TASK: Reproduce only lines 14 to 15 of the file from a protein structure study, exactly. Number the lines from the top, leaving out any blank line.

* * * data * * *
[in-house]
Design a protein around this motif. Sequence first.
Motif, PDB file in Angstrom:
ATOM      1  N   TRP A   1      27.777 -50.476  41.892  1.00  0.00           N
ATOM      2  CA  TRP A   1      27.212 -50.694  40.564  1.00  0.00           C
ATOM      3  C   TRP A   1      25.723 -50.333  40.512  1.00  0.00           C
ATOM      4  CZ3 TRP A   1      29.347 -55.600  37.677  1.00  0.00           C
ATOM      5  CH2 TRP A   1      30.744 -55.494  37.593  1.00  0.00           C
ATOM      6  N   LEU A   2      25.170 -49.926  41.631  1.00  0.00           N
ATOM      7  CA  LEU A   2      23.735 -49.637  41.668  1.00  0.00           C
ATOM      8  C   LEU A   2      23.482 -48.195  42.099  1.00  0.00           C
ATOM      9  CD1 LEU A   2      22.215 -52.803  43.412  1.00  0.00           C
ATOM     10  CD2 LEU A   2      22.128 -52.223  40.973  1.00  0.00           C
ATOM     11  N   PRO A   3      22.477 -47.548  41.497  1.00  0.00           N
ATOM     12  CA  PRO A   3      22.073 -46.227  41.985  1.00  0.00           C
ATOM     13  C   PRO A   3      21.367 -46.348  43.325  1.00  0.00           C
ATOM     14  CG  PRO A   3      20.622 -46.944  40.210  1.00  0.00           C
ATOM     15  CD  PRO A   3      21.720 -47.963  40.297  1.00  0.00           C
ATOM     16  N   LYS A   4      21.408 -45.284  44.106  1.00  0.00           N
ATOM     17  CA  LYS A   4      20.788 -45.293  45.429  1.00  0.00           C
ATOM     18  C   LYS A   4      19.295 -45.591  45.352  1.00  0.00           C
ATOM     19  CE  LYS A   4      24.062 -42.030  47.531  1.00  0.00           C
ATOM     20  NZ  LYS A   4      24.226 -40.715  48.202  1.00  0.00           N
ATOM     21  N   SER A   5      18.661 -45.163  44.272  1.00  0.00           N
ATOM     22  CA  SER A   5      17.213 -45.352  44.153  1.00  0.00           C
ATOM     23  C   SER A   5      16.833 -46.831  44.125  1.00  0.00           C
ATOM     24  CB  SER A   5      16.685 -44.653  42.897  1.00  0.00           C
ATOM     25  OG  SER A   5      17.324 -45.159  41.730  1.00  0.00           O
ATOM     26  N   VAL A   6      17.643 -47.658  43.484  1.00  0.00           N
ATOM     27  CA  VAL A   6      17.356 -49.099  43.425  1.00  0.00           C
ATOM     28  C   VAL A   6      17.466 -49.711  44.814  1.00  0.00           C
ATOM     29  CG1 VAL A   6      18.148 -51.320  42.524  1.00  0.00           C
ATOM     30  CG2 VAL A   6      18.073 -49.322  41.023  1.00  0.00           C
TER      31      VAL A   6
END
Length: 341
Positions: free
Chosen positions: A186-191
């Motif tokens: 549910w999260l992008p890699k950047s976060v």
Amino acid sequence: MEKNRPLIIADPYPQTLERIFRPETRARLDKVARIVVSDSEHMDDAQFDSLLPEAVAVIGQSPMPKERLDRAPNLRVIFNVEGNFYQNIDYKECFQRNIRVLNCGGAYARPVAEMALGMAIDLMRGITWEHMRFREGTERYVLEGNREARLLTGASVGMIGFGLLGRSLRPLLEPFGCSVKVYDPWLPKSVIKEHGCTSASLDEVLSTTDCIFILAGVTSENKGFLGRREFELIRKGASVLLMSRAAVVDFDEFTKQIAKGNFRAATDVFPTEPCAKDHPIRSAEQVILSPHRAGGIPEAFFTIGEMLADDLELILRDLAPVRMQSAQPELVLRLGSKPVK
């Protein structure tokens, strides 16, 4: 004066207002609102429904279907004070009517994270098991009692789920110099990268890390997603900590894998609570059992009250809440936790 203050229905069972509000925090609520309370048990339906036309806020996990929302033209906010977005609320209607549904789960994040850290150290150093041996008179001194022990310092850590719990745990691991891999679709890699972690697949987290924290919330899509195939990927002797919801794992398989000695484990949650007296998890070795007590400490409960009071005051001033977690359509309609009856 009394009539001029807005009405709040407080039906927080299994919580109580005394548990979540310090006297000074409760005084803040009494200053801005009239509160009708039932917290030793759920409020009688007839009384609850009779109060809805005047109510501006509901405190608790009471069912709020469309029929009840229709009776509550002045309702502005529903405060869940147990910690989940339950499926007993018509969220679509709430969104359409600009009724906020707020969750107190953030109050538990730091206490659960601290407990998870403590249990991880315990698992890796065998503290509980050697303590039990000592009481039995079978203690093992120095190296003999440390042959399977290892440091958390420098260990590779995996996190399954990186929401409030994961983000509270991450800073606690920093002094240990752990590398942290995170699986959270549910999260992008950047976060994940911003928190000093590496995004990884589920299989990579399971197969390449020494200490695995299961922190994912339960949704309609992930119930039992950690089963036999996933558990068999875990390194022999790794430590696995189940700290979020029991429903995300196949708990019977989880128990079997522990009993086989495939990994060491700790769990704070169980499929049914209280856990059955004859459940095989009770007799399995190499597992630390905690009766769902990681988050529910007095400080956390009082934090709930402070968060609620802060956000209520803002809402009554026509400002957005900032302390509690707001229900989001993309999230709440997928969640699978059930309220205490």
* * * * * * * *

ATOM     11  N   PRO A   3      22.477 -47.548  41.497  1.00  0.00           N
ATOM     12  CA  PRO A   3      22.073 -46.227  41.985  1.00  0.00           C